North Memorial lays off 103 workers, ending outpatient mental health in Robbinsdale
North Memorial lays off 103 workers, ending outpatient mental health in Robbinsdale

Financial pressures are forcing North Memorial Health to eliminate 103 jobs as well as outpatient mental health services at its flagship hospital.

Officials say the health system is struggling at its Robbinsdale medical center with the continued growth of patients covered by government-sponsored health plans that pay less for services than commercial health insurers.

Additionally, North Memorial Health learned earlier this year that Hennepin County was eliminating a $22 million grant that helped cover costs in 2023.

The health system says it will work with about 3,400 current mental health patients to find new outpatient providers between now and Aug. 30, the expected end date. This reduction comes as demand for these mental health services has increased in recent years.

North Memorial also plans to eliminate its level two neonatal intensive care unit in Robbinsdale, meaning the hospital’s nursery will have staff and equipment only for newborns with normal births.

“We’re really at a point where we’re struggling to survive the headwinds that all of healthcare is facing, but more importantly to survive the payer mix that we serve here in Robbinsdale,” said Trevor Sawalish, CEO director of North Memorial, in an interview. “And it’s reaching a tipping point.”

The proportion of hospitalized patients covered by the lower-paying Medicare and Medicaid government insurance programs is significantly higher at Robbinsdale Hospital, Sawalish said, than the state average. North Memorial’s Maple Grove Community Hospital, meanwhile, had the highest share of commercial insurance coverage of any Minnesota hospital in 2022, according to data from the state Department of Health.

Commercial insurers are believed to provide the highest levels of reimbursement overall to healthcare providers. Medicare payments tend to be lower, hospitals say, followed by rates from Medicaid and related state-federal programs for lower-income residents.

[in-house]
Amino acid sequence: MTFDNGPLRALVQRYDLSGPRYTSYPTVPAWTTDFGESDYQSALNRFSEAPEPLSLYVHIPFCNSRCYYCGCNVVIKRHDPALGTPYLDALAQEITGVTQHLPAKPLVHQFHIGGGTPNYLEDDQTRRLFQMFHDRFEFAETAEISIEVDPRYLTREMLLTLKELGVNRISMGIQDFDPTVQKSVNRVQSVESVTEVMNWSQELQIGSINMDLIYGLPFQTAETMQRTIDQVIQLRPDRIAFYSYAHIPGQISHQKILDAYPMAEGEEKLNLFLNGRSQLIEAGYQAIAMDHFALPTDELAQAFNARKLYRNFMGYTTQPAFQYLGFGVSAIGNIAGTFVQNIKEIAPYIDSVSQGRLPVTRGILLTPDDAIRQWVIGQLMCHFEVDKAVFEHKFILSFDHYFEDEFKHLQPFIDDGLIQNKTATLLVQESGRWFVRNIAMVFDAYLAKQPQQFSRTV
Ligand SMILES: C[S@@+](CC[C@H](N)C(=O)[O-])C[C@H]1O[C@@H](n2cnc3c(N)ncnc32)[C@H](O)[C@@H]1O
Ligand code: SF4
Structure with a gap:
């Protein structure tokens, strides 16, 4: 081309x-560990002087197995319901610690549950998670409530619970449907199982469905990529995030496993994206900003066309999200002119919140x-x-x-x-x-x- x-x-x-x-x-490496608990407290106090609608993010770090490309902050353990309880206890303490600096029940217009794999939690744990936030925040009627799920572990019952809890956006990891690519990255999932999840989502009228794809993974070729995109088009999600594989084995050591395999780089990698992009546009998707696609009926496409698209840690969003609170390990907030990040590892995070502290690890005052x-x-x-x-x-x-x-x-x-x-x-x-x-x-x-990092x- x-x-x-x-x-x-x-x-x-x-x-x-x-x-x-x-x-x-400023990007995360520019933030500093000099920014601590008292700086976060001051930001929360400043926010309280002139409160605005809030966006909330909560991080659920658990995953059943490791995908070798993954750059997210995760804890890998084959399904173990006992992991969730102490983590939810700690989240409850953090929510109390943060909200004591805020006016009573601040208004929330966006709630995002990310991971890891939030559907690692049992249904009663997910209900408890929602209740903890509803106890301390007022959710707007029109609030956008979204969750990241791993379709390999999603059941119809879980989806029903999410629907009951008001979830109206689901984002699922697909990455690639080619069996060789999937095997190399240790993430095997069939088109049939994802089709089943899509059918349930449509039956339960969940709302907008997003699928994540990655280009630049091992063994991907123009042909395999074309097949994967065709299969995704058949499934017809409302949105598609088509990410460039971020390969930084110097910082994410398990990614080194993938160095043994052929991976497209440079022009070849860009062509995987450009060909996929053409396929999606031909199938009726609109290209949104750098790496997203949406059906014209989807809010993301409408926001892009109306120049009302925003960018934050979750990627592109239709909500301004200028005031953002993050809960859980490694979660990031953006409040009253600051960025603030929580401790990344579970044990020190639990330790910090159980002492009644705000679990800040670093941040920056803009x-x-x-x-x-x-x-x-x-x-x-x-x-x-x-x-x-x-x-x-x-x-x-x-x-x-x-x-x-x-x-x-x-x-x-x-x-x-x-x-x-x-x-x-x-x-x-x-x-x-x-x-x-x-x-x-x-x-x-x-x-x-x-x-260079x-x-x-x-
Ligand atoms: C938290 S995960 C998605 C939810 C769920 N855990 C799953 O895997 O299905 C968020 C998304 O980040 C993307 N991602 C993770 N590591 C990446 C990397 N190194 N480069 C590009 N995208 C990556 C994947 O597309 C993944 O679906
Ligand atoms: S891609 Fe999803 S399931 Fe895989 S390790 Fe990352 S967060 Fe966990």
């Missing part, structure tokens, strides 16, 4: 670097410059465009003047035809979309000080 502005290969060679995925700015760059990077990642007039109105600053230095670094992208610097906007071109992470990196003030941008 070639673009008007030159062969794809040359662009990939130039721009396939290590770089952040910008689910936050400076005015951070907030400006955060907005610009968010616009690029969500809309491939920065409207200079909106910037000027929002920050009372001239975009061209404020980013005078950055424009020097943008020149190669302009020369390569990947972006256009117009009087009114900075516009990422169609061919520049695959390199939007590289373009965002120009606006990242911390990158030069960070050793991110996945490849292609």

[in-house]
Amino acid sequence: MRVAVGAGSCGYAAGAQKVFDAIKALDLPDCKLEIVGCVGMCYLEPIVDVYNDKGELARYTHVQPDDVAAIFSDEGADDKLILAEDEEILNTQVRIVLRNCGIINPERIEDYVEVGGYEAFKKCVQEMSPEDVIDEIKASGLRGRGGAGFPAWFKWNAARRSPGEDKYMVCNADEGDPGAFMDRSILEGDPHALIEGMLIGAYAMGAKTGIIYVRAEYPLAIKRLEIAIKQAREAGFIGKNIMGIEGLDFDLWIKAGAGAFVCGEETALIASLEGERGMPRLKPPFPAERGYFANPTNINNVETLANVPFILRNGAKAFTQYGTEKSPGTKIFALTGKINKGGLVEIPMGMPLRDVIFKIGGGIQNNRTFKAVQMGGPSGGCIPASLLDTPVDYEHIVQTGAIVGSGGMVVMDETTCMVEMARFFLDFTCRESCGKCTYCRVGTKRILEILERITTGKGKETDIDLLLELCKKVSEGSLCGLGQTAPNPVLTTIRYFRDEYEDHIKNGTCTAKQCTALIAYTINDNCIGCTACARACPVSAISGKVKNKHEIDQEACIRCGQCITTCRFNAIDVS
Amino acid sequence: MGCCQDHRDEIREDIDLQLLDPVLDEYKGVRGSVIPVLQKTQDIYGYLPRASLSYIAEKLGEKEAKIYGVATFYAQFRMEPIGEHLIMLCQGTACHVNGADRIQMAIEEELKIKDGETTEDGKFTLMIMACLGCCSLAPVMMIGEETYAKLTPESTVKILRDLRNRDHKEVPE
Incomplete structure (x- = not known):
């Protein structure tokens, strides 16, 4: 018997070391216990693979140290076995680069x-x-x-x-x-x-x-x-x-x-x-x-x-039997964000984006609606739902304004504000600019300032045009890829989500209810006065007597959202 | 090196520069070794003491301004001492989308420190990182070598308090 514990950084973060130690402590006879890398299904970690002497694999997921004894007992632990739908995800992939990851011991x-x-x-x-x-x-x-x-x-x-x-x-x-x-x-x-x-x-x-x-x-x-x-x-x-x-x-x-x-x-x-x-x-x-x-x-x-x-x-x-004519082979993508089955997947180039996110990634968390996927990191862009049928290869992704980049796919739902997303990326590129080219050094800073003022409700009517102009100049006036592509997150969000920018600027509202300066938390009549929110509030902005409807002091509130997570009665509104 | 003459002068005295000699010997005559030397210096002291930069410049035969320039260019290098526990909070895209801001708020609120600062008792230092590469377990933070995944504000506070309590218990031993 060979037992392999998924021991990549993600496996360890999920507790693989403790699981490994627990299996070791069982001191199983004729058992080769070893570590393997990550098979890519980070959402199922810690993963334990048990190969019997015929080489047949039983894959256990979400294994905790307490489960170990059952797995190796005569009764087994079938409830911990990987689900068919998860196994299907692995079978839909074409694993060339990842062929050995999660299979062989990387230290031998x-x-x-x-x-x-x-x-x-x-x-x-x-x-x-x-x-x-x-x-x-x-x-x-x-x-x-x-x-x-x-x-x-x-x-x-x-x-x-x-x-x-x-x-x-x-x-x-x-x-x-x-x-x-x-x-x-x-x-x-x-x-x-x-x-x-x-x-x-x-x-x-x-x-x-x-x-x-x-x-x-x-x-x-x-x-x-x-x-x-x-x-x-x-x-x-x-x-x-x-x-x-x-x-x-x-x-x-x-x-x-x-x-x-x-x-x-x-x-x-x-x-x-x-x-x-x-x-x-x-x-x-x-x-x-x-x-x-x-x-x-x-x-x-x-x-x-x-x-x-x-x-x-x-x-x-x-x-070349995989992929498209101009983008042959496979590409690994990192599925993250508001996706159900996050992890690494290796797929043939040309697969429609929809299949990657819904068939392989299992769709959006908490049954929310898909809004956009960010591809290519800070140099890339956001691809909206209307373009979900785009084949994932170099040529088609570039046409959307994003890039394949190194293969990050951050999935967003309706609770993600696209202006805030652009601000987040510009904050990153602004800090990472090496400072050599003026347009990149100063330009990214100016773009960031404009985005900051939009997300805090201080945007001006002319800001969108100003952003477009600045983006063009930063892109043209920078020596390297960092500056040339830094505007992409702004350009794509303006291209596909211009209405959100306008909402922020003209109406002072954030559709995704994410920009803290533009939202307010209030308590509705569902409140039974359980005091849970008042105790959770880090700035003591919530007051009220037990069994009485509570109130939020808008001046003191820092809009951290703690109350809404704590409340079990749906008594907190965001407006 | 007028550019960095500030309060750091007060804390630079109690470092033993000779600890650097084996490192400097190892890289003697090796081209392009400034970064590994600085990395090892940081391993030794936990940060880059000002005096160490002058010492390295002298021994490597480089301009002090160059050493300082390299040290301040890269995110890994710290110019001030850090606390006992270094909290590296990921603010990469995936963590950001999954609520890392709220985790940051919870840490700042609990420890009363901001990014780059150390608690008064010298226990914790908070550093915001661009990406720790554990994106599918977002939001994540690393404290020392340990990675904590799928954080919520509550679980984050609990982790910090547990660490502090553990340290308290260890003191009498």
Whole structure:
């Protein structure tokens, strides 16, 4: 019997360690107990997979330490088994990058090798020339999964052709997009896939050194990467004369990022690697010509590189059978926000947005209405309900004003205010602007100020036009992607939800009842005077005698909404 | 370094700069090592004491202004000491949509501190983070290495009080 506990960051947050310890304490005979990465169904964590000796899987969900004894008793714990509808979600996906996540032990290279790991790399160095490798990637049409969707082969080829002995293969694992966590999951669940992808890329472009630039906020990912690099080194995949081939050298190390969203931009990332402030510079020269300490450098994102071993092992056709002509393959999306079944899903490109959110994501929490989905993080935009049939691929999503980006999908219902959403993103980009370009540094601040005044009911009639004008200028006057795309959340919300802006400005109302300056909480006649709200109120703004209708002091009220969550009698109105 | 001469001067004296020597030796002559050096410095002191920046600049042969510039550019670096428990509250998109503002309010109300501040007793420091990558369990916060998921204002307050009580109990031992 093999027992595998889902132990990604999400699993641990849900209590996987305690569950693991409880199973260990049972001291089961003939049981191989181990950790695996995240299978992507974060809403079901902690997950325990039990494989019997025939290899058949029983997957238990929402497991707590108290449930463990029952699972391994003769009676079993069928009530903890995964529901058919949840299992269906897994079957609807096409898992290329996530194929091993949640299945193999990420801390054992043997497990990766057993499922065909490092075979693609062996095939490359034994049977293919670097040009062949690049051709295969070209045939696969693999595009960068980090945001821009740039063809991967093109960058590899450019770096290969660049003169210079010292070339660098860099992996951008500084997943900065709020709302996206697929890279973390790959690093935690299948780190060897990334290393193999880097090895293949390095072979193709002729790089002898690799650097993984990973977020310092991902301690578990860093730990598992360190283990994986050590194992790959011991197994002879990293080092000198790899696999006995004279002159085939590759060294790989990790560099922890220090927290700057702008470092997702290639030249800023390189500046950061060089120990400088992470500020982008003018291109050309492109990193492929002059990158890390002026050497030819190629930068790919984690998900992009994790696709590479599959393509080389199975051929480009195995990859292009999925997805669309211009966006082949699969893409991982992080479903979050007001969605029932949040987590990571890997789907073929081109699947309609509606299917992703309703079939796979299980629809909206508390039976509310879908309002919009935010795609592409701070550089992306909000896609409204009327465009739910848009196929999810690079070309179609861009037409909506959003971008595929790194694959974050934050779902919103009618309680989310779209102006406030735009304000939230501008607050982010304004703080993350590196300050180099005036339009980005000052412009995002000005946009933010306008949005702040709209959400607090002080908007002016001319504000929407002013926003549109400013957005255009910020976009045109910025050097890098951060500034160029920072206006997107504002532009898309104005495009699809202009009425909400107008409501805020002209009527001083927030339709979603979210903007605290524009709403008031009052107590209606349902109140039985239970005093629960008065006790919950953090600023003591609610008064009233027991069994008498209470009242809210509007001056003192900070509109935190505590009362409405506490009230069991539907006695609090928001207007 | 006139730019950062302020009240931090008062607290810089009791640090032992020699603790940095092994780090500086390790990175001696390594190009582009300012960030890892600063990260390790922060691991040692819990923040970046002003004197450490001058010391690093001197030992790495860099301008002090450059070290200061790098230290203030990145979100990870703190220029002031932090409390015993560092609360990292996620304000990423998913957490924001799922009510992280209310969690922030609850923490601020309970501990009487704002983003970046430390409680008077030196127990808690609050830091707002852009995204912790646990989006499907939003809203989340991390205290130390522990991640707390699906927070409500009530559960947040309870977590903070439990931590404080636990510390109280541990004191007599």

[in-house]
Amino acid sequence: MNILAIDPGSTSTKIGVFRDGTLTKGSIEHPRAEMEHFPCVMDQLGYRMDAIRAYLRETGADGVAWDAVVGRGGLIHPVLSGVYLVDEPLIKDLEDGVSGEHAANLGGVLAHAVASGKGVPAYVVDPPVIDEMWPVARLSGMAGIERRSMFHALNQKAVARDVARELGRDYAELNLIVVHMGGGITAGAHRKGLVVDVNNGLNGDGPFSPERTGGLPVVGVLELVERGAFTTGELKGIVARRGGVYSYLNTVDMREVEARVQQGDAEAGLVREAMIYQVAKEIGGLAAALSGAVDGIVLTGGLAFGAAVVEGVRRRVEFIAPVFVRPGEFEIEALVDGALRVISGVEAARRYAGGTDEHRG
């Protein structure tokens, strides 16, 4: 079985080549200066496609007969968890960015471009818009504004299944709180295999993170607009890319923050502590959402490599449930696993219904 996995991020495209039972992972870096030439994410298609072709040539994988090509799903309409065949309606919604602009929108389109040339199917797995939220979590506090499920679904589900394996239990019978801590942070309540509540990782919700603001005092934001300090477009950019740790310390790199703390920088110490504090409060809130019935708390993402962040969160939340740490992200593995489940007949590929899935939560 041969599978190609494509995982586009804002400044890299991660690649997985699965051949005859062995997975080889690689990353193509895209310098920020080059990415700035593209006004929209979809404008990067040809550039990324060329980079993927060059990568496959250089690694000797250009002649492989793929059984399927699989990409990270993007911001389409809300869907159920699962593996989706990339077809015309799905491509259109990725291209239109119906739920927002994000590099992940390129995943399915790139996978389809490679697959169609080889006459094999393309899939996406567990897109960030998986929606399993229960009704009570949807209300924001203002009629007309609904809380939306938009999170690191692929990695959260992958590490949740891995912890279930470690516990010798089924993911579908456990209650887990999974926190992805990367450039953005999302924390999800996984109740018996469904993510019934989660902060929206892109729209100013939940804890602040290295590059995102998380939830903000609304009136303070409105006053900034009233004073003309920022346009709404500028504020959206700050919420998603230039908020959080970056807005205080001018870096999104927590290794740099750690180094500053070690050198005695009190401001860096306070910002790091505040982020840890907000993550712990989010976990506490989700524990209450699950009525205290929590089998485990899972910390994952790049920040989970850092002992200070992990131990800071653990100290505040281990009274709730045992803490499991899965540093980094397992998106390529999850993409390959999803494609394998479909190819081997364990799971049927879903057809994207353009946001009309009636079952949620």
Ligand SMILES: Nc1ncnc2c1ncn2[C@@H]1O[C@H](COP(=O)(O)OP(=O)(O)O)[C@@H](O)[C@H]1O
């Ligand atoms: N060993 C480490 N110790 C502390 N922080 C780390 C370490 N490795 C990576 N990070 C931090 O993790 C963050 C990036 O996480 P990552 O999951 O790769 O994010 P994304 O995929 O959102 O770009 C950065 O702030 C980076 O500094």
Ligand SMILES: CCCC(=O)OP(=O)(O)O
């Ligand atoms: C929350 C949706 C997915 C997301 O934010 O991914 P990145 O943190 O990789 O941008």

The Minnesota Nurses Association criticized the announcement, saying nurses are among those losing their jobs while top executives at North Memorial continue to collect big paychecks.

“Blaming patients who can’t pay more for the vital care they need only highlights the real interests and motivations of these executives: the bottom line and the highest paying customers, like those on the more affluent suburban campus of North Memorial,” the union said in a statement. “These closures by North Memorial leaders follow a clear pattern: closing services that don’t make enough money — especially maternity and newborn care and mental health — in the neediest communities that can’t afford to pay more and that do not have easy access to alternative care options.”

North Memorial Medical Center in Robbinsdale is ranked as the 10th largest hospital in the state in terms of beds served for patients in 2022. The health system also operates 25 clinics, located primarily in the west metro, and a large emergency department medical support with 10 helicopters and 140 ambulances and other response vehicles.

It employs more than 5,000 people.

After layoff announcements last year at Allina (350 jobs) and Fairview (250 jobs), North Memorial Health becomes the third Hennepin County-based health system to cut a significant number of jobs in less than a year.